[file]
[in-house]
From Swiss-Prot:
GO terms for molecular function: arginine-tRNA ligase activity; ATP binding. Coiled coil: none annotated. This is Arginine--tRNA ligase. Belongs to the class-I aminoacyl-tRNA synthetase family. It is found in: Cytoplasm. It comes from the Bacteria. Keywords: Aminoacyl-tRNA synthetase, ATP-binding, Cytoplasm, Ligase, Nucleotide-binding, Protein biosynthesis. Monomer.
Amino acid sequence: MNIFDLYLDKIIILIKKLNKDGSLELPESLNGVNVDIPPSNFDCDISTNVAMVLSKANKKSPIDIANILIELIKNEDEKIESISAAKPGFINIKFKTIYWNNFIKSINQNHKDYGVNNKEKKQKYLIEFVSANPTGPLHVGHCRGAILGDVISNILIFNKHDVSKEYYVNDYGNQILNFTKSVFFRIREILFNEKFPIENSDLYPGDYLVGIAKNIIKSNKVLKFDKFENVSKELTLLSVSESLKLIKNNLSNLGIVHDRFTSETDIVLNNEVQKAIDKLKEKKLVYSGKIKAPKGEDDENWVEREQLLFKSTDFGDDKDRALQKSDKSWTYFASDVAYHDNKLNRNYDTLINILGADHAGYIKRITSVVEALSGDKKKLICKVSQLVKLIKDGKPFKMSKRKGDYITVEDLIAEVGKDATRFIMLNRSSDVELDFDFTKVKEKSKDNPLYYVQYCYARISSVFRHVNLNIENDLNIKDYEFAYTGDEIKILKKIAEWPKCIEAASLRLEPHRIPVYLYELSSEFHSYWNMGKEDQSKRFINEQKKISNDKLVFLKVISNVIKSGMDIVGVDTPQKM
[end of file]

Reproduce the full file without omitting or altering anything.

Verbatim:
[in-house]
From Swiss-Prot:
GO terms for molecular function: arginine-tRNA ligase activity; ATP binding. Coiled coil: none annotated. This is Arginine--tRNA ligase. Belongs to the class-I aminoacyl-tRNA synthetase family. It is found in: Cytoplasm. It comes from the Bacteria. Keywords: Aminoacyl-tRNA synthetase, ATP-binding, Cytoplasm, Ligase, Nucleotide-binding, Protein biosynthesis. Monomer.
Amino acid sequence: MNIFDLYLDKIIILIKKLNKDGSLELPESLNGVNVDIPPSNFDCDISTNVAMVLSKANKKSPIDIANILIELIKNEDEKIESISAAKPGFINIKFKTIYWNNFIKSINQNHKDYGVNNKEKKQKYLIEFVSANPTGPLHVGHCRGAILGDVISNILIFNKHDVSKEYYVNDYGNQILNFTKSVFFRIREILFNEKFPIENSDLYPGDYLVGIAKNIIKSNKVLKFDKFENVSKELTLLSVSESLKLIKNNLSNLGIVHDRFTSETDIVLNNEVQKAIDKLKEKKLVYSGKIKAPKGEDDENWVEREQLLFKSTDFGDDKDRALQKSDKSWTYFASDVAYHDNKLNRNYDTLINILGADHAGYIKRITSVVEALSGDKKKLICKVSQLVKLIKDGKPFKMSKRKGDYITVEDLIAEVGKDATRFIMLNRSSDVELDFDFTKVKEKSKDNPLYYVQYCYARISSVFRHVNLNIENDLNIKDYEFAYTGDEIKILKKIAEWPKCIEAASLRLEPHRIPVYLYELSSEFHSYWNMGKEDQSKRFINEQKKISNDKLVFLKVISNVIKSGMDIVGVDTPQKM